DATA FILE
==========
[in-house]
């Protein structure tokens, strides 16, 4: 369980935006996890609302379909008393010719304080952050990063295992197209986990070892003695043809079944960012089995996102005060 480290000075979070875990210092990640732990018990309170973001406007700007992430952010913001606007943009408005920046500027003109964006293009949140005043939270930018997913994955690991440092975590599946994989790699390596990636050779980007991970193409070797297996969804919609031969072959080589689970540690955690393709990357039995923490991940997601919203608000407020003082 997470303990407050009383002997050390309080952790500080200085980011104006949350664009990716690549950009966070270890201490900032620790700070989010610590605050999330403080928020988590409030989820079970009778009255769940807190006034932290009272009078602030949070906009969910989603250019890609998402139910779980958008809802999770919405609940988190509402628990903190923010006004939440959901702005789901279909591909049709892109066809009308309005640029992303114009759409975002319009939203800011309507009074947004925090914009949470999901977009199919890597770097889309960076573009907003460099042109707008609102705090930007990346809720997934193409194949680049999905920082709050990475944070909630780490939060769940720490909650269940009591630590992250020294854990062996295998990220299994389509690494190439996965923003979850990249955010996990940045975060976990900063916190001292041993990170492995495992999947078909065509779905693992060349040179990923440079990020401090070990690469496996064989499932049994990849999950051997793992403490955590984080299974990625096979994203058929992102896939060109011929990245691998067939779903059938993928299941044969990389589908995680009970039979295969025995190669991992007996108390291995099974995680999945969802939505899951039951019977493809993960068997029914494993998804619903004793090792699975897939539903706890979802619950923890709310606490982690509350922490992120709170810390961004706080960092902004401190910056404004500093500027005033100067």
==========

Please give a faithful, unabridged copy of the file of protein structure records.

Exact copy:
[in-house]
């Protein structure tokens, strides 16, 4: 369980935006996890609302379909008393010719304080952050990063295992197209986990070892003695043809079944960012089995996102005060 480290000075979070875990210092990640732990018990309170973001406007700007992430952010913001606007943009408005920046500027003109964006293009949140005043939270930018997913994955690991440092975590599946994989790699390596990636050779980007991970193409070797297996969804919609031969072959080589689970540690955690393709990357039995923490991940997601919203608000407020003082 997470303990407050009383002997050390309080952790500080200085980011104006949350664009990716690549950009966070270890201490900032620790700070989010610590605050999330403080928020988590409030989820079970009778009255769940807190006034932290009272009078602030949070906009969910989603250019890609998402139910779980958008809802999770919405609940988190509402628990903190923010006004939440959901702005789901279909591909049709892109066809009308309005640029992303114009759409975002319009939203800011309507009074947004925090914009949470999901977009199919890597770097889309960076573009907003460099042109707008609102705090930007990346809720997934193409194949680049999905920082709050990475944070909630780490939060769940720490909650269940009591630590992250020294854990062996295998990220299994389509690494190439996965923003979850990249955010996990940045975060976990900063916190001292041993990170492995495992999947078909065509779905693992060349040179990923440079990020401090070990690469496996064989499932049994990849999950051997793992403490955590984080299974990625096979994203058929992102896939060109011929990245691998067939779903059938993928299941044969990389589908995680009970039979295969025995190669991992007996108390291995099974995680999945969802939505899951039951019977493809993960068997029914494993998804619903004793090792699975897939539903706890979802619950923890709310606490982690509350922490992120709170810390961004706080960092902004401190910056404004500093500027005033100067």